Author: Pip Williams
Publisher: Affirm Press
The Dictionary of Lost Words is the debut novel by South Australian writer, pip Williams.
It is set in Oxford from 1879 and based on true events surrounding the compilation of Oxford English Dictionary by a team of lexicographers led by Sir James Murray.
Murray works diligently sorting through words, researching and cross-referencing them, in the Scriptorium (the Latin word for “a place of writing”).
He and Dr. Murray, the editor, turns a blind eye to his daughter Esme’s presence given her mother has passed away and there is only her father to raise her.
Esme can be found sitting on her father’s lap, opening the mail which contains words written on slips of paper sent by volunteers or hiding under the sorting table, taking note of the assistants’ socks and shoes.
She is under the table when a slip of paper falls, it contains the word “bondmaid”.
It takes her a while to form the word – she is only five – but she takes the slip and puts it in her pocket.
No one notices the word “bondmaid” missing from the dictionary until 1901.
As it turns out, Lizzie is the bondmaid for Dr. Murray and his family, and she also helps to take care of Esme.
Esme confides to Lizzie about having a secret.
She presents Lizzie with the slip of paper, but Lizzie can’t read and so they agree to hide the paper in Lizzie’s disused trunk, under her bed.
Esme scratches “The Dictionary of Lost Words” on the inside lid of the trunk.
“My case is like the Dictionary, I thought. Except it’s full of words that no one wants or understands, words that would be lost if I hadn’t found them.”
And so, over the years, the trunk becomes the secret keeping place for a collection of lesser known words, at least lesser known to, or considered not worthy for inclusion or even “vulgar” by, the privileged and educated men who produce the dictionary.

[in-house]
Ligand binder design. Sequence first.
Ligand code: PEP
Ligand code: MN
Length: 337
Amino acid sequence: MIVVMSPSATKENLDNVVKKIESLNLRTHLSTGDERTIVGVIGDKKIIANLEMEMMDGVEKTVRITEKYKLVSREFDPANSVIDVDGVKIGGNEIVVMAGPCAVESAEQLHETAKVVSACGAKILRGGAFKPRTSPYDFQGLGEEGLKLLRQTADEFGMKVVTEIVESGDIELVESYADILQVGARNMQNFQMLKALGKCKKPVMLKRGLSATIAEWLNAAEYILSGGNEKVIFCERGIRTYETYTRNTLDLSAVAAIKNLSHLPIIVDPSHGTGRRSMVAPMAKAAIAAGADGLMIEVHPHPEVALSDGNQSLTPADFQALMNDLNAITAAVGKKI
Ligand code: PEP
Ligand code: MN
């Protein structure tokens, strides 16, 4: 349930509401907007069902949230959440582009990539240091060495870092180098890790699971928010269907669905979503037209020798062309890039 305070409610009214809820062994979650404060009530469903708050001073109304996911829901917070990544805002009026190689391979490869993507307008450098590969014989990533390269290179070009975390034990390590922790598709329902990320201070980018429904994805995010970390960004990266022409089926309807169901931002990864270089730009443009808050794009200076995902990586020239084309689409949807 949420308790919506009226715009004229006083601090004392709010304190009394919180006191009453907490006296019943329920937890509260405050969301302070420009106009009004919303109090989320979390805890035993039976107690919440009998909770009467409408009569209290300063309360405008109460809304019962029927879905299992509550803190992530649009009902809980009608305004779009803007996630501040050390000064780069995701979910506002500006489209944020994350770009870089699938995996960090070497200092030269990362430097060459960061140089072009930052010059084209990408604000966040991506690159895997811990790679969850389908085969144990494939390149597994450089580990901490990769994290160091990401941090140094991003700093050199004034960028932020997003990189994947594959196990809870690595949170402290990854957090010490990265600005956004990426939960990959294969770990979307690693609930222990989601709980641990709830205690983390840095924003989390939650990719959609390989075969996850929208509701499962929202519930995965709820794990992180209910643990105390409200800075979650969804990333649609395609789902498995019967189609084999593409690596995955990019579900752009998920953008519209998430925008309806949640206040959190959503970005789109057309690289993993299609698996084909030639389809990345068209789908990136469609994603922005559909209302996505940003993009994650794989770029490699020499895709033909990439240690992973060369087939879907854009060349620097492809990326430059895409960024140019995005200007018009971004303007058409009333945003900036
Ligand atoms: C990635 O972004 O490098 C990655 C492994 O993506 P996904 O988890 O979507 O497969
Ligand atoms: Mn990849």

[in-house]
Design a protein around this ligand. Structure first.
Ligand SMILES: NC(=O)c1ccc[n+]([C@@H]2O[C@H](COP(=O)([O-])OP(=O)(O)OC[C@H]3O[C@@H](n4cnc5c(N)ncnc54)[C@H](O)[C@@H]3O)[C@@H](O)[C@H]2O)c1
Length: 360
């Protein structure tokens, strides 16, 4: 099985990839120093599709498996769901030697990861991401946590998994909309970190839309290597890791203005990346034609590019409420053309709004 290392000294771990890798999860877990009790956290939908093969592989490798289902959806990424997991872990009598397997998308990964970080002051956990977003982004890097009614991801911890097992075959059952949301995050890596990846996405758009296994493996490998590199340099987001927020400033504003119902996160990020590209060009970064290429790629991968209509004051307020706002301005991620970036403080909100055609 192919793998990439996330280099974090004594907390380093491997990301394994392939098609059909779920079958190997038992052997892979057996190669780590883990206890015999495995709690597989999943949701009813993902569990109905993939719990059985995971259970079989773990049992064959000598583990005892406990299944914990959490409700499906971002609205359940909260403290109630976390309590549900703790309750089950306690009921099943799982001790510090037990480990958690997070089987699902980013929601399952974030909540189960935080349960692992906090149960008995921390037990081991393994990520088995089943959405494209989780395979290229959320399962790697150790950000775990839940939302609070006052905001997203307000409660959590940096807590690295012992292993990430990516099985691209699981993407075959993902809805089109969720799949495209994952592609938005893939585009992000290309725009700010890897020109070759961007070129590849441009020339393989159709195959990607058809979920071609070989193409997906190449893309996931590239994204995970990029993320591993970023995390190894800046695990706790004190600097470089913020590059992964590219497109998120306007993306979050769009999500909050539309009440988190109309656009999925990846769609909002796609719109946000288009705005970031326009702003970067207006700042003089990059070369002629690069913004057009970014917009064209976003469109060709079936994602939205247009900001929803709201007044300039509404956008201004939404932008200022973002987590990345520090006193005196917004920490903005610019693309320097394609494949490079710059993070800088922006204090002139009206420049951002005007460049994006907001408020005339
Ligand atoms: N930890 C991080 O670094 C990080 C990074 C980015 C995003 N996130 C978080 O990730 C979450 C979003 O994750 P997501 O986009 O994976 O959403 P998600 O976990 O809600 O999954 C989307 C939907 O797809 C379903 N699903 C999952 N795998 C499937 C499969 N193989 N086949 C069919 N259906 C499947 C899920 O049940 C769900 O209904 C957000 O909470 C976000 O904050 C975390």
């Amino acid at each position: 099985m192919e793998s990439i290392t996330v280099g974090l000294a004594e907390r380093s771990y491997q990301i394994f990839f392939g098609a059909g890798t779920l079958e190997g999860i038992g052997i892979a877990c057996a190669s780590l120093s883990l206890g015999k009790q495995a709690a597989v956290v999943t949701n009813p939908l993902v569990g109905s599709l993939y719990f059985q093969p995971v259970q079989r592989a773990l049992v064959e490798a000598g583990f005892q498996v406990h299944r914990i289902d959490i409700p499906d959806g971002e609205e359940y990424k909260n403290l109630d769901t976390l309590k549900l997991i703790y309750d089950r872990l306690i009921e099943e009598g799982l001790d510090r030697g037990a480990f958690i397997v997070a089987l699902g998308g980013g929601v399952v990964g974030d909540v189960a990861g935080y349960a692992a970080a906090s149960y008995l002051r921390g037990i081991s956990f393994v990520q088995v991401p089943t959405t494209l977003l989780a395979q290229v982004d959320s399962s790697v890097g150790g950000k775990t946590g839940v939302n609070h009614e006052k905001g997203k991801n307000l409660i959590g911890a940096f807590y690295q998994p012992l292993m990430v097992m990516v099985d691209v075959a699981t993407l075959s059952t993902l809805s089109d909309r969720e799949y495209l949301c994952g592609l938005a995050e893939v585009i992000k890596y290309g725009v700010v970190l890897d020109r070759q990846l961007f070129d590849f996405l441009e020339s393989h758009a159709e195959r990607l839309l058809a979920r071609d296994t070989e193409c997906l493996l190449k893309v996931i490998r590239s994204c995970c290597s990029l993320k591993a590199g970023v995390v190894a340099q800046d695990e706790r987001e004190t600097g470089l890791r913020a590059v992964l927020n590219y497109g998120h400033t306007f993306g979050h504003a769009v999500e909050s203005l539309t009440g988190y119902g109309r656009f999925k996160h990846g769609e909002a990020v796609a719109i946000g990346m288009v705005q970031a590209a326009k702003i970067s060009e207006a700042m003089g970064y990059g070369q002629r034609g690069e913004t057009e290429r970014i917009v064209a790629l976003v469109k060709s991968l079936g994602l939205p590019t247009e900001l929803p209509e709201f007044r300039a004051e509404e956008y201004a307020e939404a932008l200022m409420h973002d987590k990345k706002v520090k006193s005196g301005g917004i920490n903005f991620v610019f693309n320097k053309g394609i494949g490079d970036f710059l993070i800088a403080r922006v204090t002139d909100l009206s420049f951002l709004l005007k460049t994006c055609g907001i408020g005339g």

It seems all words are not equal – the vernacular of the common women in particular is not accepted.
Esme grows up on the Scriptorium and, as she gets older, Dr. Murray entrusts her with more responsibilities.
She is sent to the Bodleian Library to check on quotations, where she is neither a student nor a scholar, and also to the printing press to drop off proofs.
Lizzie and Esme form a close relationship and, while Lizzie is quite conservative, Esme is more curious, as her world begins to open up to life beyond the Scriptorium.
To Lizzie’s dismay Esme becomes friends with Tilda, an actress and suffragette, and her brother Bill.
(I am not quite sure what Bill does besides look after Tilda, but maybe that is job in itself.)
Even though Lizzie disapproves of Esme’s new friends, she is there to help Esme pick up the pieces when things don’t work out.
Esme is also quite close with her godmother, Edith “Ditte”.
Ditte is clever and contributes words and quotes to Dr. Murray’s dictionary.
She also “lives in Bath with her sister Beth” (I smiled when I read that).
And she writes wonderful letters to Esme through the years that illuminate the pivotal events that happen in Esme’s life from someone else’s perspective.
Years skip by and Great War looms.
Her frequent trips to the press brings Esme to the attention of Gareth and eventually they marry before he is sent off to fight.
Again, it is through Gareth’s letters that the reader discovers a pivotal event for Esme.
I loved the relationships Esme had with Lizzie and her Aunt Ditte.
Indeed, the book is about much more than words.
It is essentially about Old English class stratum and suffrage and, ultimately, about the sisterhood of women that come together from different walks of life.
It covers a timespan of over a century and moves along at a leisurely pace – but I never once found it boring.
And although I haven’t exclaimed to other people “oh my gosh you have to read this book!”, I really enjoyed it and found it a wonderful change of pace from some of my recent choices.
The Reluctant Book Critic